Over from Stepper Was Here for a quick guest post, the illustrious Stepper is gracing us with her presence today. Definitely click on over to her blog and enjoy, enjoy!
I was out to lunch with my Mom and sisters when over our strawberry and almond salads, my older sister asked, “So, Mom, how did you and dad pay for our weddings? Savings accounts? Credit cards?”
I sat up straight. Mine are parents of four girls. Weddings are spendy for the parents of the bride. What about four brides? Who all went to college?
Bill and I have talked about how we’re going to handle college for our children. We expect our kids to work for it – as my parents did. They will try for scholarships and hold part-time jobs through school. Ideally, Bill and I will have saved the full amount for each of their college funds – the “McCrery Scholarship,” every cent of which will be earned.
But a wedding? That we haven’t worked out a brilliant funding plan for.
We have talked about it. Presumably, our kids will get married. Some day. Later in life. In their thirties, maybe. Provided we like the person they want to marry, of course.
My feeling is that the World of the Wedding has grown a bit out of hand. Even if you’re not parting with ten grand or more for a gown that is meant to be worn only once and hundreds on a cake that is meant to be destroyed. Even if you are working within a budget and your reception is in your own back yard – there has been a mighty step away from the entire point.
I’m not talking about the point of Marriage (though, arguably, there has been a mighty step away from the heart and soul of this wonderful institution as well). I’m talking simply about the point of weddings.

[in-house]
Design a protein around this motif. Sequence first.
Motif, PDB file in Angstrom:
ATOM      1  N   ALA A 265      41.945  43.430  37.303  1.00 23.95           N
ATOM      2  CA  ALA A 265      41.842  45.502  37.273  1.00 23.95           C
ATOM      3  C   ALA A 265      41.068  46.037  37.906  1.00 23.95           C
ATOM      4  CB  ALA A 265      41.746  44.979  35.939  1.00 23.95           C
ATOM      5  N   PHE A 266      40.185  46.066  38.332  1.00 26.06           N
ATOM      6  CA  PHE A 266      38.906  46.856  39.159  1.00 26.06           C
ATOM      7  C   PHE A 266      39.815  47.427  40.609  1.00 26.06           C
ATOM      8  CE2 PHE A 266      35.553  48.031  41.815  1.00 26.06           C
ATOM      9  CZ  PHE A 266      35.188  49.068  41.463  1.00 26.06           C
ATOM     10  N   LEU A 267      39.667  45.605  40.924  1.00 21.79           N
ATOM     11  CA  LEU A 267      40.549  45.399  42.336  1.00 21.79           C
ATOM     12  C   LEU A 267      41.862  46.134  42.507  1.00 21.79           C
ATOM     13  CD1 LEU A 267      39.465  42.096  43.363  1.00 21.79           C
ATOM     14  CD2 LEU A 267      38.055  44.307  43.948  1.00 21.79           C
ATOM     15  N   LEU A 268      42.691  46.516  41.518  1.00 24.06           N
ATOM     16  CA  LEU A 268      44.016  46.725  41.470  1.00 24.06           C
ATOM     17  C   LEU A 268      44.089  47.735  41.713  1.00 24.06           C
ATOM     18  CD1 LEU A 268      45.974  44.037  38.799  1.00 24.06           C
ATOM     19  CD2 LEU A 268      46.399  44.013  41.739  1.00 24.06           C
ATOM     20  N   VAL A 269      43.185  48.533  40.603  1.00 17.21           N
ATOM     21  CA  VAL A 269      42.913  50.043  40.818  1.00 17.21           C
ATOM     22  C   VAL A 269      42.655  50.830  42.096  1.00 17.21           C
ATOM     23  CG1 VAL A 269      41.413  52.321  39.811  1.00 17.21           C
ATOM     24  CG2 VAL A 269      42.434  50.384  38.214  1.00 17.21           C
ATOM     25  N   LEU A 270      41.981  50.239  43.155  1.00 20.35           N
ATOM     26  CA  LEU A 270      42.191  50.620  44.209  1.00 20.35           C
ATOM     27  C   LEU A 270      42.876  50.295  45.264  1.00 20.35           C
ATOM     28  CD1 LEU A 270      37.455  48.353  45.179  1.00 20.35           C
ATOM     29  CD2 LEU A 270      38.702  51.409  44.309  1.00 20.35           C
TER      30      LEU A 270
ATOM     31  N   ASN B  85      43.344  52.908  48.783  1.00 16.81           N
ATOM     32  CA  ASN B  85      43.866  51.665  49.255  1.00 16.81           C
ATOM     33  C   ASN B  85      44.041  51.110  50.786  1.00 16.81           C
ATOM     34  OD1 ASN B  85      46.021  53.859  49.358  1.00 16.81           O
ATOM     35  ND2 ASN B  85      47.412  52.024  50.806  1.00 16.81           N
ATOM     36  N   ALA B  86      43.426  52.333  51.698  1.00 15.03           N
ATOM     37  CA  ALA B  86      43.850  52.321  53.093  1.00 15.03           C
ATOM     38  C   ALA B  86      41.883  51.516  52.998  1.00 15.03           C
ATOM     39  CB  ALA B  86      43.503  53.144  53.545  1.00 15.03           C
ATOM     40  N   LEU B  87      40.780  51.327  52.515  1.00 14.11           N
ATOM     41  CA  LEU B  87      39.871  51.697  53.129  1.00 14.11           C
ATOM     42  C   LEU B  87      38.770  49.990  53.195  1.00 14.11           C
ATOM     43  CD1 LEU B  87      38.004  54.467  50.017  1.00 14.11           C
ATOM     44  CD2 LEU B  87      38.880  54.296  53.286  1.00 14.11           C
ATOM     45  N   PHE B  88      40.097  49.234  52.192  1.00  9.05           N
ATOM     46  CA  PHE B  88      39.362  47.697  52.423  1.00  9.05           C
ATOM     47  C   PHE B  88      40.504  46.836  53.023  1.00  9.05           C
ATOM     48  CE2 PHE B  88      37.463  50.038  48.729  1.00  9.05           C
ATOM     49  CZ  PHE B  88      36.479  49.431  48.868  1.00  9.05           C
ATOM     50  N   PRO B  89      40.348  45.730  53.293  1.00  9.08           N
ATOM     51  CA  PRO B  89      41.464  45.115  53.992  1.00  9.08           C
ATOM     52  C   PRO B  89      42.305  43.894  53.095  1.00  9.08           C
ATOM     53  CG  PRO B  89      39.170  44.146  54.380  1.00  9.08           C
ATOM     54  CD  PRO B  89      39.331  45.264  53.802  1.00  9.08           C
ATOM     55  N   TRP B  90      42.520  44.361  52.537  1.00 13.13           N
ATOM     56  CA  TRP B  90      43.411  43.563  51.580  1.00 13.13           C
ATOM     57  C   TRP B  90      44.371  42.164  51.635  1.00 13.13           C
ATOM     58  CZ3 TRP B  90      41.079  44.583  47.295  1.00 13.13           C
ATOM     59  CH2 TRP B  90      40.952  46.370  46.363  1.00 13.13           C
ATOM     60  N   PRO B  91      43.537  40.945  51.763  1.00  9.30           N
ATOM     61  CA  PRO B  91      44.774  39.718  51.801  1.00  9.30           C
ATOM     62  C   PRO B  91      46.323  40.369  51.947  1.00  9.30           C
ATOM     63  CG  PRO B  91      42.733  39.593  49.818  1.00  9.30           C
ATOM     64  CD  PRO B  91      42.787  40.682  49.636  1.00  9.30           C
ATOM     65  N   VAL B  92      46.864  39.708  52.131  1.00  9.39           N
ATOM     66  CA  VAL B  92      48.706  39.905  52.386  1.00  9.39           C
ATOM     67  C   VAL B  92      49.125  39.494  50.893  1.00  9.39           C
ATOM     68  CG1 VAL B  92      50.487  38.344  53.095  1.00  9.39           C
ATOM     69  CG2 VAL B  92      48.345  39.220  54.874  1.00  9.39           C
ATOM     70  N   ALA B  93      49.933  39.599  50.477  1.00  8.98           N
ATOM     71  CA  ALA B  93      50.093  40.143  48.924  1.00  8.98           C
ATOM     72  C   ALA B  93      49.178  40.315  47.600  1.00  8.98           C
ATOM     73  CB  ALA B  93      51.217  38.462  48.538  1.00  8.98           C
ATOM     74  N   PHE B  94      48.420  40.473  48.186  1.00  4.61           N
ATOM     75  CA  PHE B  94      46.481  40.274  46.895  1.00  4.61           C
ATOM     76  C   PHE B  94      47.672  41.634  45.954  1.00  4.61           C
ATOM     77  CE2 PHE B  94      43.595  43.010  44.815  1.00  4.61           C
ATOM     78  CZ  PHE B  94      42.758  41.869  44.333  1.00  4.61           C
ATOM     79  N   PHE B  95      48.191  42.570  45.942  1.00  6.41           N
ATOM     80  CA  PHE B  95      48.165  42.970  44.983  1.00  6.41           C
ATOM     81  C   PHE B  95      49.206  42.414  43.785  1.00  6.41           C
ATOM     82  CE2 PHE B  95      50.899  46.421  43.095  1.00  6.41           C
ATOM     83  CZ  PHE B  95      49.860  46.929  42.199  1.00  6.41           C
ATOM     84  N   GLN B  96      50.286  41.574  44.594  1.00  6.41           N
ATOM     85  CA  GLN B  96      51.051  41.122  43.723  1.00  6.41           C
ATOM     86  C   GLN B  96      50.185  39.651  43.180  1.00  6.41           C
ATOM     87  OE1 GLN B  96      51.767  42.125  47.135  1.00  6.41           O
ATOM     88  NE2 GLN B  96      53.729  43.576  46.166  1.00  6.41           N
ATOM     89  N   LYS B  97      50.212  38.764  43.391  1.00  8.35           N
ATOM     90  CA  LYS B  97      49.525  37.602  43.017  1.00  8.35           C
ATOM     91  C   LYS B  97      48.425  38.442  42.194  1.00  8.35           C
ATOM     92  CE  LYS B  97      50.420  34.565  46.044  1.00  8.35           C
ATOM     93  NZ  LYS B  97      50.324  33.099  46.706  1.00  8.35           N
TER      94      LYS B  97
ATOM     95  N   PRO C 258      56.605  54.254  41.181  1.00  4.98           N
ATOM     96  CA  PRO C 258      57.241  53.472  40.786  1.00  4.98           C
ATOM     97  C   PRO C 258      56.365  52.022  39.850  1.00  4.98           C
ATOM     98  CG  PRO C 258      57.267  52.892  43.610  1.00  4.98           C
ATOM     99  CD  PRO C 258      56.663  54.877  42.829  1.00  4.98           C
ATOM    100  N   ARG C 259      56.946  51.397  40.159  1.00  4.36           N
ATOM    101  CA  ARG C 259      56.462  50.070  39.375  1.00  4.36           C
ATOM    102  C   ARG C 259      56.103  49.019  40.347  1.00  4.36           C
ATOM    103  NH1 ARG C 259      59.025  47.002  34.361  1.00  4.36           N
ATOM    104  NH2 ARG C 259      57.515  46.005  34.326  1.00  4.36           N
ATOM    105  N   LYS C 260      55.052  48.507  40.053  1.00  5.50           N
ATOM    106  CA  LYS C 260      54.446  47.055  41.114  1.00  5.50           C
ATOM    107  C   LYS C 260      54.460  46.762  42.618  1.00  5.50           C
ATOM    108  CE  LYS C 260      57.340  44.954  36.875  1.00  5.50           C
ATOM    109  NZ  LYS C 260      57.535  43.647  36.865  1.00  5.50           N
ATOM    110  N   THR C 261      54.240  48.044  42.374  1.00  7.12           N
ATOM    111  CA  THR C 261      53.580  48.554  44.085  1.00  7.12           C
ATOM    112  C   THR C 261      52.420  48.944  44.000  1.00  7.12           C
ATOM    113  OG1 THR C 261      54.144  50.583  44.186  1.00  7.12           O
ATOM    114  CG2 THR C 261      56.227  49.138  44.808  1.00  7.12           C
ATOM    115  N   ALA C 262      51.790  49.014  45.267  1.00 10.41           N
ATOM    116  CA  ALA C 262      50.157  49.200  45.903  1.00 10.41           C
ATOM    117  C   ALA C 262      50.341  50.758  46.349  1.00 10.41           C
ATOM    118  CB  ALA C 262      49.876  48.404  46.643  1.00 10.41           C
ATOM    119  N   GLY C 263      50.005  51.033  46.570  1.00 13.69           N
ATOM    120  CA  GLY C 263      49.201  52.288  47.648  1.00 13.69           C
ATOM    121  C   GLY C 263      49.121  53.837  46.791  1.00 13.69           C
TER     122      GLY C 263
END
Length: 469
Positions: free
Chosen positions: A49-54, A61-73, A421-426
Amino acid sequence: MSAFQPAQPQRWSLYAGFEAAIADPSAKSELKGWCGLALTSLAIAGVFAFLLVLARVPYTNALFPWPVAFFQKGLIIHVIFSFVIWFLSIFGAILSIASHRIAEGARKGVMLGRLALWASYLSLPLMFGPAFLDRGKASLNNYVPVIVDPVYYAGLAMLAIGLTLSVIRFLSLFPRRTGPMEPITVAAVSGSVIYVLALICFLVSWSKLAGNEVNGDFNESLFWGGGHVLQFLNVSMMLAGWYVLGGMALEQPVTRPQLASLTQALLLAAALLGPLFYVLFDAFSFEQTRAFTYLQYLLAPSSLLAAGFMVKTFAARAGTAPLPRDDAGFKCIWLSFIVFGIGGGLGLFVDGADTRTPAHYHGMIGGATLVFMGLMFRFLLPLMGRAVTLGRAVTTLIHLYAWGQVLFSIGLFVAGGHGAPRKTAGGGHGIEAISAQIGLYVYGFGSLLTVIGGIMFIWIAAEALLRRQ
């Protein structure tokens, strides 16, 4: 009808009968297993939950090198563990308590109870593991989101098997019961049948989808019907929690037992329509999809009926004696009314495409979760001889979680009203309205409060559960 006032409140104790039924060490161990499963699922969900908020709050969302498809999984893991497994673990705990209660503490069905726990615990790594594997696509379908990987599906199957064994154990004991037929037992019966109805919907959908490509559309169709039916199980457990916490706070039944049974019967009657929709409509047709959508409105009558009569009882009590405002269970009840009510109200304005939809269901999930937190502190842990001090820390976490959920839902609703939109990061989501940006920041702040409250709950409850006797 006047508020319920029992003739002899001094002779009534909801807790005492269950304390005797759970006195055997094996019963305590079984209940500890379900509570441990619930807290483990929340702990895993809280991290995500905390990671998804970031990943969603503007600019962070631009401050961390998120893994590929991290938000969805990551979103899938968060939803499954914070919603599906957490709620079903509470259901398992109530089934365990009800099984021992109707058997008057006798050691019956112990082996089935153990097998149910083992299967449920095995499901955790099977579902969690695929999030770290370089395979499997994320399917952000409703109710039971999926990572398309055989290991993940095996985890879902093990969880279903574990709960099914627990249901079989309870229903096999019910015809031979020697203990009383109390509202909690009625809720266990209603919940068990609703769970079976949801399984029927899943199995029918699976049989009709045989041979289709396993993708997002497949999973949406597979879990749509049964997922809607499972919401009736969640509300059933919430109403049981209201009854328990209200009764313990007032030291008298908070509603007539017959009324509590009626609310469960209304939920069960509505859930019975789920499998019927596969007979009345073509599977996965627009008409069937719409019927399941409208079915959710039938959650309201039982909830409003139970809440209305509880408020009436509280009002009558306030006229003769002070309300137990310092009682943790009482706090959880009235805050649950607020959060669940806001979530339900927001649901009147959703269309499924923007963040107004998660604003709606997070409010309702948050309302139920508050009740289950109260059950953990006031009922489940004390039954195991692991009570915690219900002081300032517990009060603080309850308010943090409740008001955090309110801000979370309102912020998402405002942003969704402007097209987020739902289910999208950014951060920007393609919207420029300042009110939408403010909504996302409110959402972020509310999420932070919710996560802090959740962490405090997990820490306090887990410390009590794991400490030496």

The point, I submit, is simply: fun. The whole thing was invented as a way for the newly married couple and all their loved ones to celebrate in a real way the spectacularly awesome fact that they found each other, decided to love each other, and committed to that love for – well – ever.
So why aren’t weddings fun, anymore?
Think about it – when was the last time you attended a wedding (that wasn’t your sister or your best friend) and genuinely enjoyed yourself? Unless you parked by the table with the éclairs, my guess is that the last wedding you attended (that wasn’t immediate family or your best friend) was out of a feeling of obligation or mild interest. And the bride and groom were trapped in a reception line, missing their own party. And the majority of family and friends working behind the scenes to pull this party off are stressed. And the majority of the guests are a bit bored, or are awkwardly chatting with other guests, waiting for the next thing: the tossing of the bouquet, the cutting of the cake, or just a turn through the refreshment line before they dump their gift on the labeled table and head to their car and their real life.
This is a crying shame. Shouldn’t a wedding be THE biggest party in town?
Did you know that in some cultures, a wedding celebration lasts days? A week, even? And everyone is actually having fun?
Especially the bride and groom!
Reception lines? Decidedly NOT FUN.
This is what I want for my children. I want a party. One focused less on color palates, catering menus and the perfect dress and more on the personality of the newlyweds and beauty of new love. A fist-pump to the sky for a willing commitment to it. A deep-boned laugh for the glory of the beginning of what they’ve just stepped into. I want the focus to remain in focus. And I want everyone – guest and groom alike – to have a genuinely great time (And I’d like for all involved to willingly embrace the fact that it doesn’t have to be flawless to be great. Stress was not on the guest list).
Yes, I may have to fork over the dough for the majority of my daughter’s wedding; but I don’t have to fork over my sanity. Yes, I may have to start saving, now – but that’s not what’s going to save the wedding.
And I want to be able to take my shoes off.
Stepper and son, Wyatt, at a family wedding.